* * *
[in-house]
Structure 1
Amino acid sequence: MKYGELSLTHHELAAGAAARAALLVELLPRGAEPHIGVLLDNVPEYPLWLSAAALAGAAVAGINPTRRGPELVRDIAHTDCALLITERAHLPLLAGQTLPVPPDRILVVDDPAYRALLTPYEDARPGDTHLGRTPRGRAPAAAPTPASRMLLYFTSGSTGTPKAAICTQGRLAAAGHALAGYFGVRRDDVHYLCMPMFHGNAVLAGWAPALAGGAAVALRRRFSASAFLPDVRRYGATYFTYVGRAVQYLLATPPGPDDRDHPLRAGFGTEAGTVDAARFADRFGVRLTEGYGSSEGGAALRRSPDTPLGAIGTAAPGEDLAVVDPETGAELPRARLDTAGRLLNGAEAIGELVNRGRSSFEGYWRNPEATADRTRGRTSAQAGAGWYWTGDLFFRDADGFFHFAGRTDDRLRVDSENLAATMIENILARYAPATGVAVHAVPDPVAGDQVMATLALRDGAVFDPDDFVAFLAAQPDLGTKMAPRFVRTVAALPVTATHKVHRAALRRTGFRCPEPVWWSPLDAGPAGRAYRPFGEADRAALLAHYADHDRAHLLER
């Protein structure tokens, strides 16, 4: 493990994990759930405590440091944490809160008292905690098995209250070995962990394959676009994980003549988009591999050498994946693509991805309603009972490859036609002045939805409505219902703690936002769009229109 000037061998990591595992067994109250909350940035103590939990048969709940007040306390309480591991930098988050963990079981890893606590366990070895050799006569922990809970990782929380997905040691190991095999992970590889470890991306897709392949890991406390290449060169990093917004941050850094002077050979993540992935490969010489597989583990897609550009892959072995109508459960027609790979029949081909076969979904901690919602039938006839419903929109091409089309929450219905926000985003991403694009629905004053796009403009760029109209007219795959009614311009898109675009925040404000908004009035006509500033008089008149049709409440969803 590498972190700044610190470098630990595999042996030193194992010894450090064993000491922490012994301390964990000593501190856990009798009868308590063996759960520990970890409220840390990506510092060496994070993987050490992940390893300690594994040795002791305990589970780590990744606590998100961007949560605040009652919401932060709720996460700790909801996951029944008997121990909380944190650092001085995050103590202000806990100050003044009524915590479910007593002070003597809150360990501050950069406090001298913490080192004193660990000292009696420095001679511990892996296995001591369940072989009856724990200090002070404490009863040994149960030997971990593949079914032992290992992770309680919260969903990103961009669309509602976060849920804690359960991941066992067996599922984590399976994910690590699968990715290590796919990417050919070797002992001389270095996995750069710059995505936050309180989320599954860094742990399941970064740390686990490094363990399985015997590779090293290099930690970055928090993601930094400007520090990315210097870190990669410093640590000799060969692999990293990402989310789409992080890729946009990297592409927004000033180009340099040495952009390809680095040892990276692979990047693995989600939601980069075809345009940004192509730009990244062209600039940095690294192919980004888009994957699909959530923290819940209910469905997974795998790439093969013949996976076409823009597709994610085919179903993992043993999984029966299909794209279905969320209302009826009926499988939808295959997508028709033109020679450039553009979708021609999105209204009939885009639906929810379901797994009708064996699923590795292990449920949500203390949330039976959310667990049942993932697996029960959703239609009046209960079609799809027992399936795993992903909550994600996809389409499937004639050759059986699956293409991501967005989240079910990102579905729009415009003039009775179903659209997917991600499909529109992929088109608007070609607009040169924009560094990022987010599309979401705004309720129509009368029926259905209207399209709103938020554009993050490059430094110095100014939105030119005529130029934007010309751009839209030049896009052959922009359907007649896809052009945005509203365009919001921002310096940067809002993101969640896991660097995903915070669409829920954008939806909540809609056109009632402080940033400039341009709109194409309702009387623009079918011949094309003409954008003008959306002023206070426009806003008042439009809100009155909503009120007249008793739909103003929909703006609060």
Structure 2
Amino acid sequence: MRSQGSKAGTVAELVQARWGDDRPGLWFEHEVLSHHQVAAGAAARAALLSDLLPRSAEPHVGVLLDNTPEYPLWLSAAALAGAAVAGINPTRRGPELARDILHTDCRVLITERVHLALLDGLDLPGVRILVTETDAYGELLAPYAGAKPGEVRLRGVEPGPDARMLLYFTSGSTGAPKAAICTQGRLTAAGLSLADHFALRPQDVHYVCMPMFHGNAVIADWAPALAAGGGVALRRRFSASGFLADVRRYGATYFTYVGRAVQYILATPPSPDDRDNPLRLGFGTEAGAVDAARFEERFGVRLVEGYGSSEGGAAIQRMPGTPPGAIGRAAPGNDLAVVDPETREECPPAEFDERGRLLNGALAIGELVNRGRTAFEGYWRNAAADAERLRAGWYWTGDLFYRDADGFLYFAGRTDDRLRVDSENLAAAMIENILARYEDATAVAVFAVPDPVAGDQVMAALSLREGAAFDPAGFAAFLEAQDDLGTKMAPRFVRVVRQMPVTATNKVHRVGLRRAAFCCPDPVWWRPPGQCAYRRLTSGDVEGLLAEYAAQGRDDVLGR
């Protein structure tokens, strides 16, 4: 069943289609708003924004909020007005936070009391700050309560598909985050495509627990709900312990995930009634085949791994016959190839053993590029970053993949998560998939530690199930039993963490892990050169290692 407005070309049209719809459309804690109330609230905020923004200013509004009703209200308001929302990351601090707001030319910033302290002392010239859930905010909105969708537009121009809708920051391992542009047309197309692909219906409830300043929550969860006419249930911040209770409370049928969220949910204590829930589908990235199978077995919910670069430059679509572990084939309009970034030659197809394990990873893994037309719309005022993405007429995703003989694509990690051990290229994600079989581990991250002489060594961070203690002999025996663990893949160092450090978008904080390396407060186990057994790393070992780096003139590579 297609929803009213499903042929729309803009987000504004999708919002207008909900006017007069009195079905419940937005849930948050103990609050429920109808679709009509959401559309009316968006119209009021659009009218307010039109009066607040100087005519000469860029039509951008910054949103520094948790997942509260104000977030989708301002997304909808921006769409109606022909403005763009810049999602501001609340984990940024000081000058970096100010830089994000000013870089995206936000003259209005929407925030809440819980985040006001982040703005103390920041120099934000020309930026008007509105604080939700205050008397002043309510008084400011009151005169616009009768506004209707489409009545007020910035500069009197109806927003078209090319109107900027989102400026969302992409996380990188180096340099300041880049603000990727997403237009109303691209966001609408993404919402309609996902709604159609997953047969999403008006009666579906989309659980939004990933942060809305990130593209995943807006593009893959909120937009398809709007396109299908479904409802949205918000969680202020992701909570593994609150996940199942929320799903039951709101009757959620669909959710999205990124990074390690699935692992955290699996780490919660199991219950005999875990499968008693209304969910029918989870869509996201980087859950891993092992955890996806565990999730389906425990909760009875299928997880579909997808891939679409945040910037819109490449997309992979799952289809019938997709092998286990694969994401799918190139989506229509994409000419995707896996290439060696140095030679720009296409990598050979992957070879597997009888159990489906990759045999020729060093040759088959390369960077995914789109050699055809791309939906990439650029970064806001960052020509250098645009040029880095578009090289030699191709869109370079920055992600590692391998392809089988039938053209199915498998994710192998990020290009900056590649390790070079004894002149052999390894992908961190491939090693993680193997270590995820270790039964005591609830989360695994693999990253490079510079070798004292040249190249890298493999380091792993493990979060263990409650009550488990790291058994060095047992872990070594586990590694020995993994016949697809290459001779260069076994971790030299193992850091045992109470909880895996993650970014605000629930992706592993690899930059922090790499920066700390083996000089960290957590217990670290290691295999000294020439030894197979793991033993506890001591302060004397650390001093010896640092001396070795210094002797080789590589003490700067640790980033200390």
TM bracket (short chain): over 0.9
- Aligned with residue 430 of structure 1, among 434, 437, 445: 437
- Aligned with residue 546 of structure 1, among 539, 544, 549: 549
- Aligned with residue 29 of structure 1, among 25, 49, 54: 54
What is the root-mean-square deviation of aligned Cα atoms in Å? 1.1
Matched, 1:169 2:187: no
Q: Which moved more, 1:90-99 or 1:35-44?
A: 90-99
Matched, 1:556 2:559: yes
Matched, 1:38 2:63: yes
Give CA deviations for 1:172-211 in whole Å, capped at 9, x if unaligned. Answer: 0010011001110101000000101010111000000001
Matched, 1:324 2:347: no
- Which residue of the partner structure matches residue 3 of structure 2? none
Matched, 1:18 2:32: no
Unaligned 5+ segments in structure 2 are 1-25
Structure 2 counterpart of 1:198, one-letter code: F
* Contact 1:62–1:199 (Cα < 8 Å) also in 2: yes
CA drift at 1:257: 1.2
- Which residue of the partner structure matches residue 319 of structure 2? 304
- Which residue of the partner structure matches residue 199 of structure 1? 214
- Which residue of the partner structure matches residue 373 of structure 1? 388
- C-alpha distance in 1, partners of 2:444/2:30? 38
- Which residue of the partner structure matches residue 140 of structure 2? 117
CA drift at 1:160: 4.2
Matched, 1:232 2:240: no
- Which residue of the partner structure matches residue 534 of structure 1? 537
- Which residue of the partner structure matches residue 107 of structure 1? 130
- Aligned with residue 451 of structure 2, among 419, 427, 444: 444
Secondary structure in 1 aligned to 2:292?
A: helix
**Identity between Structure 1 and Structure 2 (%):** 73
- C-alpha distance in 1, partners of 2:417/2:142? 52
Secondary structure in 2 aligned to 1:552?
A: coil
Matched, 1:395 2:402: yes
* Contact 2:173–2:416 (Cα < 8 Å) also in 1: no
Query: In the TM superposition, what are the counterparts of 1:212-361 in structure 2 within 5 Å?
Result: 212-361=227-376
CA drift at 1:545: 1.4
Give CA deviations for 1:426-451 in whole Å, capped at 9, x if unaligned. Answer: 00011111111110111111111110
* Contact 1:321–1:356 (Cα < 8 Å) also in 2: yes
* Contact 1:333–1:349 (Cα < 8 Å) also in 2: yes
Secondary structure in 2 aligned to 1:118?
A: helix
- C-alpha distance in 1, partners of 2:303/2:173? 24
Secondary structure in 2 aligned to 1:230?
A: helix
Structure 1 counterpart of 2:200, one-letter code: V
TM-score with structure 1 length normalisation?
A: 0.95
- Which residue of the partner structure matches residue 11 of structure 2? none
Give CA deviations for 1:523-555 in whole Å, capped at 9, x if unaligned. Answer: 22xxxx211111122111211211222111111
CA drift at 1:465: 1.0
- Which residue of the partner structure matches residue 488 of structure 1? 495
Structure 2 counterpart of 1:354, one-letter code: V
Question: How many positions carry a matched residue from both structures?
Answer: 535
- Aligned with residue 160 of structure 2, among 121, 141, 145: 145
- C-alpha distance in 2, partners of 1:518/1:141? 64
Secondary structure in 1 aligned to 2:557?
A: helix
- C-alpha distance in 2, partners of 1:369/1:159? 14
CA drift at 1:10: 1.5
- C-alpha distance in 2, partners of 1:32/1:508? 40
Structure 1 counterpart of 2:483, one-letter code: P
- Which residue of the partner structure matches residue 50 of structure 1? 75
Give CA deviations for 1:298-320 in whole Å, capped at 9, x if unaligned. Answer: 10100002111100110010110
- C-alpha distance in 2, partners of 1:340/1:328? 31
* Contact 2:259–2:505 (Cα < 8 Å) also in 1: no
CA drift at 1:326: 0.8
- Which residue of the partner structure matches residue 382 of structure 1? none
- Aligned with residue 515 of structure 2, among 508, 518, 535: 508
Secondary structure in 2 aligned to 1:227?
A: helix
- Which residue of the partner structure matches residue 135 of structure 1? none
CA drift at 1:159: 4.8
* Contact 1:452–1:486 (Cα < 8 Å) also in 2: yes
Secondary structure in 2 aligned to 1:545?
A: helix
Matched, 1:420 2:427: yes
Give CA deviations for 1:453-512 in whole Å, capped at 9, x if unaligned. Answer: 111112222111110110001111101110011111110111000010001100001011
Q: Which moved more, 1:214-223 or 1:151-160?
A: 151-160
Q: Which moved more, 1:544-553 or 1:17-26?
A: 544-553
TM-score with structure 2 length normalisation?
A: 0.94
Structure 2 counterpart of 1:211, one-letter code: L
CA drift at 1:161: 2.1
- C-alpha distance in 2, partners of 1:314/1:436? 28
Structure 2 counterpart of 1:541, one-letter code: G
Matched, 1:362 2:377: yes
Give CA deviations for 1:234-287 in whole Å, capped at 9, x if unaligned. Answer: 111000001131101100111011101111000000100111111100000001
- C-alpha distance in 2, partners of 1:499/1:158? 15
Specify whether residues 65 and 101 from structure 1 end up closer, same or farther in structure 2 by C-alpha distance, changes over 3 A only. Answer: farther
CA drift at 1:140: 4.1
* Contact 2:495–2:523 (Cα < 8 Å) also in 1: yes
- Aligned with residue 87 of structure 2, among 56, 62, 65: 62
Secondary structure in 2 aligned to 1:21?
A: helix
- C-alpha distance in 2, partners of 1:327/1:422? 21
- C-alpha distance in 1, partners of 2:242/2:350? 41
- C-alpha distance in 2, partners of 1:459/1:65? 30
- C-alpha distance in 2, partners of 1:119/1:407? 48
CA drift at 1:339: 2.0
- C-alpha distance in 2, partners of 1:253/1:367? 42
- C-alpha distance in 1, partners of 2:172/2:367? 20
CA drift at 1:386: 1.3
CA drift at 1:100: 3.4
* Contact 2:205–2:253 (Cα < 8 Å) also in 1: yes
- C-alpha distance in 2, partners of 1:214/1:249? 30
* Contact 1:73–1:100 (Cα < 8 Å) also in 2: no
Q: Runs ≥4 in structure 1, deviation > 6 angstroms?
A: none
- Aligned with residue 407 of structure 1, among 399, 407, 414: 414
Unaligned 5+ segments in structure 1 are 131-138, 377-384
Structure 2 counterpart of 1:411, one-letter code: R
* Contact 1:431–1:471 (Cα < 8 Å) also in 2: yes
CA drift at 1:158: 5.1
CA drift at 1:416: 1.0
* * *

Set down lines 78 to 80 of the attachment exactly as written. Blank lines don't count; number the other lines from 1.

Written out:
- Which residue of the partner structure matches residue 382 of structure 1? none
- Aligned with residue 515 of structure 2, among 508, 518, 535: 508
Secondary structure in 2 aligned to 1:227?